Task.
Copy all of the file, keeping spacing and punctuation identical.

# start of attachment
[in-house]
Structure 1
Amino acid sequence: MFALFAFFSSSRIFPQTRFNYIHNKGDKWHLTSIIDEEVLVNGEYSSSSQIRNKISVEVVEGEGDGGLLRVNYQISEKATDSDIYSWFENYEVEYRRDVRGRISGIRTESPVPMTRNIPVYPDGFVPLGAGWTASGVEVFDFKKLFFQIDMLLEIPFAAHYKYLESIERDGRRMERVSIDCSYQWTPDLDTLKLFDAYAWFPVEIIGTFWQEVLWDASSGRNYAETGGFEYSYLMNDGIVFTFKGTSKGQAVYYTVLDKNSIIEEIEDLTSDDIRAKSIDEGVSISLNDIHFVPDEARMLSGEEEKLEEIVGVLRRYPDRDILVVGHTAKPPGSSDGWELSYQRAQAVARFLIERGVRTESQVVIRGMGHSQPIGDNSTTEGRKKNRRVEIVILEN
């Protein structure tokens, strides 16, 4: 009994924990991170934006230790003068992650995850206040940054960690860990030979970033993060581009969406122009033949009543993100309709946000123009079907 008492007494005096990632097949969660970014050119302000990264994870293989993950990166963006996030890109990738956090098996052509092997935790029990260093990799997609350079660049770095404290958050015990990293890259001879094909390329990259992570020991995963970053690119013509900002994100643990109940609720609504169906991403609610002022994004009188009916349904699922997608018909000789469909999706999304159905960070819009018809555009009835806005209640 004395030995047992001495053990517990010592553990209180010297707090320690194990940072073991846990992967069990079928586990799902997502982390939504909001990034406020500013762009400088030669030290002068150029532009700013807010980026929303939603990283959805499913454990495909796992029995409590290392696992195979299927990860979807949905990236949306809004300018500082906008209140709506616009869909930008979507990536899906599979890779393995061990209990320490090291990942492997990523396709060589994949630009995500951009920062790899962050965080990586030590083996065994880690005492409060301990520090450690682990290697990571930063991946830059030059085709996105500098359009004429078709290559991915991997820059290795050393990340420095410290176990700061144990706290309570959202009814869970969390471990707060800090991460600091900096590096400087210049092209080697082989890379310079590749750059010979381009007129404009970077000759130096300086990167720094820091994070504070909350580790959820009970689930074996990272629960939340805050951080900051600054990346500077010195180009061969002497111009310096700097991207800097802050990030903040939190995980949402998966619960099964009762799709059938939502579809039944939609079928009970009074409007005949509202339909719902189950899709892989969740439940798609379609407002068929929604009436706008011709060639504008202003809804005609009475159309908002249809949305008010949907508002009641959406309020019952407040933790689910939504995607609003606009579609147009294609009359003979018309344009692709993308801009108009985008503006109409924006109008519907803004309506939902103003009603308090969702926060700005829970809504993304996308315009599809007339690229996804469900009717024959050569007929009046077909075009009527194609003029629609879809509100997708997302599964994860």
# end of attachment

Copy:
[in-house]
Structure 1
Amino acid sequence: MFALFAFFSSSRIFPQTRFNYIHNKGDKWHLTSIIDEEVLVNGEYSSSSQIRNKISVEVVEGEGDGGLLRVNYQISEKATDSDIYSWFENYEVEYRRDVRGRISGIRTESPVPMTRNIPVYPDGFVPLGAGWTASGVEVFDFKKLFFQIDMLLEIPFAAHYKYLESIERDGRRMERVSIDCSYQWTPDLDTLKLFDAYAWFPVEIIGTFWQEVLWDASSGRNYAETGGFEYSYLMNDGIVFTFKGTSKGQAVYYTVLDKNSIIEEIEDLTSDDIRAKSIDEGVSISLNDIHFVPDEARMLSGEEEKLEEIVGVLRRYPDRDILVVGHTAKPPGSSDGWELSYQRAQAVARFLIERGVRTESQVVIRGMGHSQPIGDNSTTEGRKKNRRVEIVILEN
């Protein structure tokens, strides 16, 4: 009994924990991170934006230790003068992650995850206040940054960690860990030979970033993060581009969406122009033949009543993100309709946000123009079907 008492007494005096990632097949969660970014050119302000990264994870293989993950990166963006996030890109990738956090098996052509092997935790029990260093990799997609350079660049770095404290958050015990990293890259001879094909390329990259992570020991995963970053690119013509900002994100643990109940609720609504169906991403609610002022994004009188009916349904699922997608018909000789469909999706999304159905960070819009018809555009009835806005209640 004395030995047992001495053990517990010592553990209180010297707090320690194990940072073991846990992967069990079928586990799902997502982390939504909001990034406020500013762009400088030669030290002068150029532009700013807010980026929303939603990283959805499913454990495909796992029995409590290392696992195979299927990860979807949905990236949306809004300018500082906008209140709506616009869909930008979507990536899906599979890779393995061990209990320490090291990942492997990523396709060589994949630009995500951009920062790899962050965080990586030590083996065994880690005492409060301990520090450690682990290697990571930063991946830059030059085709996105500098359009004429078709290559991915991997820059290795050393990340420095410290176990700061144990706290309570959202009814869970969390471990707060800090991460600091900096590096400087210049092209080697082989890379310079590749750059010979381009007129404009970077000759130096300086990167720094820091994070504070909350580790959820009970689930074996990272629960939340805050951080900051600054990346500077010195180009061969002497111009310096700097991207800097802050990030903040939190995980949402998966619960099964009762799709059938939502579809039944939609079928009970009074409007005949509202339909719902189950899709892989969740439940798609379609407002068929929604009436706008011709060639504008202003809804005609009475159309908002249809949305008010949907508002009641959406309020019952407040933790689910939504995607609003606009579609147009294609009359003979018309344009692709993308801009108009985008503006109409924006109008519907803004309506939902103003009603308090969702926060700005829970809504993304996308315009599809007339690229996804469900009717024959050569007929009046077909075009009527194609003029629609879809509100997708997302599964994860």